Great Northern Ben Soup With Drip Dumplings

  • pointsevenout 5 years ago
    Recipe by Jackmuldoon: Great Northrn Bean Soup With Drop Dumplings/saved
    Dumplings hard and waxy. All else good. Store didn't have ham hocks or ham bone, used hog jowl instead. Beans even cooked up in one hour to my dismay and delight. Maybe it was from using fresh dried beans. Only used half the salt then put the other half in the mix after all simmer times. Gave it 4-stars only because of the dumplings. I'm going to have to do more research to finger out how to make drop dumplings lighter. Four eggs in the flour didn't quite incorporate all the flour. Added one more egg. Even put some herbs and seasonings in the dumpling mix. Powdered onion and garlic. Basil and Italian herb seasoning. Old bay seasoning.

    Oops, title should read drop dumplings.
    Oops again, title should read bean.
    Sure wish we could edit the titles of these threads.

    This recipe sure makes a lot. Guess one could halve it.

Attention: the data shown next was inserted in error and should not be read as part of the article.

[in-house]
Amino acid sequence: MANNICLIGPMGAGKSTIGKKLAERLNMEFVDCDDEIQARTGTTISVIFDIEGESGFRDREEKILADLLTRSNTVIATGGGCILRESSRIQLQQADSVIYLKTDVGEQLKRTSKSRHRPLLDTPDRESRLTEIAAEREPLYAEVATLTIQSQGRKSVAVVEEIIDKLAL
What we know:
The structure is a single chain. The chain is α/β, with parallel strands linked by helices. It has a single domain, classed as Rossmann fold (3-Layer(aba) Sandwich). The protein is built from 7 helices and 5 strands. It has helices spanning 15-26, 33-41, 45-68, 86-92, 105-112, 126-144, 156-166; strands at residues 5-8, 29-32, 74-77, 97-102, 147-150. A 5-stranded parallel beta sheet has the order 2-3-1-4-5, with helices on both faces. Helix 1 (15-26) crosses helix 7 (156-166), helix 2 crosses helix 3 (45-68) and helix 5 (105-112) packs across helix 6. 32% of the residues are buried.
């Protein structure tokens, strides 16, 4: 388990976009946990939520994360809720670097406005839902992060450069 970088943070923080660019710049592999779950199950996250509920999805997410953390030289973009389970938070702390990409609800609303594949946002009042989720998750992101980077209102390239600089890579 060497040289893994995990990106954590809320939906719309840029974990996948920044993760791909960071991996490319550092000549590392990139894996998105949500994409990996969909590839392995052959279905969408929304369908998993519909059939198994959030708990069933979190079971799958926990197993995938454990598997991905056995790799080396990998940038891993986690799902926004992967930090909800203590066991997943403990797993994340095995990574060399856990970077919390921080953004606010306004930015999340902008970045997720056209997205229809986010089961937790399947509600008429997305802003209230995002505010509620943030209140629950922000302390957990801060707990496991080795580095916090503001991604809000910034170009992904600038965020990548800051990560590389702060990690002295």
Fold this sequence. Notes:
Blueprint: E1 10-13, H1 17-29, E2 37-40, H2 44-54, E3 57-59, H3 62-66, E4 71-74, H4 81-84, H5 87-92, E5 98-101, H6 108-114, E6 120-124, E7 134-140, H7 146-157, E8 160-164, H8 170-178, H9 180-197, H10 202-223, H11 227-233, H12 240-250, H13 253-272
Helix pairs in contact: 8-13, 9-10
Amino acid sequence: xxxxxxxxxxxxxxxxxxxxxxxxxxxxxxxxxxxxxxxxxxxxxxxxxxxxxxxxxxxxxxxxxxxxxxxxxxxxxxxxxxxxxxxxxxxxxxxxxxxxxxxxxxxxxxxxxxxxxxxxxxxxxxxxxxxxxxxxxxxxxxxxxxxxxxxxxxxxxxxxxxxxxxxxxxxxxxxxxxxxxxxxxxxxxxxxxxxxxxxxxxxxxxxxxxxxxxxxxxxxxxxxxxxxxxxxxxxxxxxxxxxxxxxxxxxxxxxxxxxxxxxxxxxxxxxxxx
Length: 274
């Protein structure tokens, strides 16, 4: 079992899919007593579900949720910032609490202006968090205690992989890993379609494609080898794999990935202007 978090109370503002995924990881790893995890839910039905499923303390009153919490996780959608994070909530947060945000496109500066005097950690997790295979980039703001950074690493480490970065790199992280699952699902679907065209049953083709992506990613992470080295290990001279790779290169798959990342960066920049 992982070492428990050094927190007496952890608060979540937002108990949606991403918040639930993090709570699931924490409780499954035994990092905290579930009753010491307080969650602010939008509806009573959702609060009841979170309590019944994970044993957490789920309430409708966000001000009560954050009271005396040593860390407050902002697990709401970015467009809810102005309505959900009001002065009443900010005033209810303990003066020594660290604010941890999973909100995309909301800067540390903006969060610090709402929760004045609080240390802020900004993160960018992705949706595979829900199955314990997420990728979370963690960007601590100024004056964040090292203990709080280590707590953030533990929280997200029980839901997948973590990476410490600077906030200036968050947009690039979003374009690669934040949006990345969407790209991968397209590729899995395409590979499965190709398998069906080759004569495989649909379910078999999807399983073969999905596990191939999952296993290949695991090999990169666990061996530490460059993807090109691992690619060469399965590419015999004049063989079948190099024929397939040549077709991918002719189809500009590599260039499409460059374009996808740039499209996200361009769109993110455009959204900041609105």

• NPMarie 5 years ago said:
    I figured that's what you meant..never heard of ben soup with drip dumplings! LOL Sorry, I needed a good laugh Points!!! Anyway, the pic is beautiful..I have always wanted to make a soup with dumplings, but was always a little intimidated...
  • frankieanne 5 years ago said:
    hehe I love the eye catching title, pso.
    This looks really tasty to me! But I think those dumpling need some baking powder or something. I've never seen a dumpling recipe of just egg and flour - even those German type dumplings you made a couple of weeks ago and put here. I love the kind of dumplings that go on top of stews and have made them quite often and they sure have more than flour and egg in them.
    How much onion did you use?
  • pointsevenout 5 years ago said:
    Four onions. Saved the last one for another dish before I have to go buy some. Still grinding on the dumplings. I'll get it right. There's a fat that can be had, but not around here, that is from around the kidneys and other internal organs. It's harder than fat surrounding the muscle. It stays solid longer than the other fat so when it melts it leaves pockets in the dumplings and adds flavor. Suet! That's it! Used in dumplings and mince meat pies. According to the recipes I've read the flour to suet ration is 2:1 respectively.
    Yes, next time will incorporate at least the self-rising amount of baking powder in the flour and maybe some frozen grated butter.

    Edit: And maybe add some baking soda and let it stand for 10 minutes to get some early air into the dumplings.

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